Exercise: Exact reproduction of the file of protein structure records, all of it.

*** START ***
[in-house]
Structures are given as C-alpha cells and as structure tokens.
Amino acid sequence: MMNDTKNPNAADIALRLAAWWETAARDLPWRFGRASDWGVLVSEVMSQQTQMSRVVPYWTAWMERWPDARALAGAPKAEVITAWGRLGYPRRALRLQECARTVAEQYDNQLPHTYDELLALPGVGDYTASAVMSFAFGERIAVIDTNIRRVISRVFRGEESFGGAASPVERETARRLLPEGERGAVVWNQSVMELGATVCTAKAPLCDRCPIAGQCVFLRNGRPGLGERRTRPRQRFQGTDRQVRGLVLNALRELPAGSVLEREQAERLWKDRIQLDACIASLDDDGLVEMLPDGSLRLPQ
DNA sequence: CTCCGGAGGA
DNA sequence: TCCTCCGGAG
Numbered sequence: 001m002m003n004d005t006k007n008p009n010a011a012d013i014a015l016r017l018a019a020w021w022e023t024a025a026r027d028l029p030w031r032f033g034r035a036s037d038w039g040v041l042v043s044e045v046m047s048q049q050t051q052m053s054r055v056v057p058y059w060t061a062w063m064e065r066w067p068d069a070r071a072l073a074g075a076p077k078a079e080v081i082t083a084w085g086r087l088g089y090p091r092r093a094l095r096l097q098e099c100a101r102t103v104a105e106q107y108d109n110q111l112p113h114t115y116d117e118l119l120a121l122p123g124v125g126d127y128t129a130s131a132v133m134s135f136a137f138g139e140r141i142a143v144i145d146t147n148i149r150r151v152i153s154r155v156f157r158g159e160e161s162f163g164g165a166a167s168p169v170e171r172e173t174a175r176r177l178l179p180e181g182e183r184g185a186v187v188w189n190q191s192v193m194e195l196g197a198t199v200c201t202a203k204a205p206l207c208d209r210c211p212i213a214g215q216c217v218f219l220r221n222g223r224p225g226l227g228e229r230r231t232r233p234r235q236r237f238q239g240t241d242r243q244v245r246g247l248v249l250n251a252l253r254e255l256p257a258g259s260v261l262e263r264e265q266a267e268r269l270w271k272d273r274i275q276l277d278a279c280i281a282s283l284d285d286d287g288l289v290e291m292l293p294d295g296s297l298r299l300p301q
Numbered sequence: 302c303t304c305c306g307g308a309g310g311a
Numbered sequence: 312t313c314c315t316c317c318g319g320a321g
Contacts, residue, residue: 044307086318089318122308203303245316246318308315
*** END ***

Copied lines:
[in-house]
Structures are given as C-alpha cells and as structure tokens.
Amino acid sequence: MMNDTKNPNAADIALRLAAWWETAARDLPWRFGRASDWGVLVSEVMSQQTQMSRVVPYWTAWMERWPDARALAGAPKAEVITAWGRLGYPRRALRLQECARTVAEQYDNQLPHTYDELLALPGVGDYTASAVMSFAFGERIAVIDTNIRRVISRVFRGEESFGGAASPVERETARRLLPEGERGAVVWNQSVMELGATVCTAKAPLCDRCPIAGQCVFLRNGRPGLGERRTRPRQRFQGTDRQVRGLVLNALRELPAGSVLEREQAERLWKDRIQLDACIASLDDDGLVEMLPDGSLRLPQ
DNA sequence: CTCCGGAGGA
DNA sequence: TCCTCCGGAG
Numbered sequence: 001m002m003n004d005t006k007n008p009n010a011a012d013i014a015l016r017l018a019a020w021w022e023t024a025a026r027d028l029p030w031r032f033g034r035a036s037d038w039g040v041l042v043s044e045v046m047s048q049q050t051q052m053s054r055v056v057p058y059w060t061a062w063m064e065r066w067p068d069a070r071a072l073a074g075a076p077k078a079e080v081i082t083a084w085g086r087l088g089y090p091r092r093a094l095r096l097q098e099c100a101r102t103v104a105e106q107y108d109n110q111l112p113h114t115y116d117e118l119l120a121l122p123g124v125g126d127y128t129a130s131a132v133m134s135f136a137f138g139e140r141i142a143v144i145d146t147n148i149r150r151v152i153s154r155v156f157r158g159e160e161s162f163g164g165a166a167s168p169v170e171r172e173t174a175r176r177l178l179p180e181g182e183r184g185a186v187v188w189n190q191s192v193m194e195l196g197a198t199v200c201t202a203k204a205p206l207c208d209r210c211p212i213a214g215q216c217v218f219l220r221n222g223r224p225g226l227g228e229r230r231t232r233p234r235q236r237f238q239g240t241d242r243q244v245r246g247l248v249l250n251a252l253r254e255l256p257a258g259s260v261l262e263r264e265q266a267e268r269l270w271k272d273r274i275q276l277d278a279c280i281a282s283l284d285d286d287g288l289v290e291m292l293p294d295g296s297l298r299l300p301q
Numbered sequence: 302c303t304c305c306g307g308a309g310g311a
Numbered sequence: 312t313c314c315t316c317c318g319g320a321g
Contacts, residue, residue: 044307086318089318122308203303245316246318308315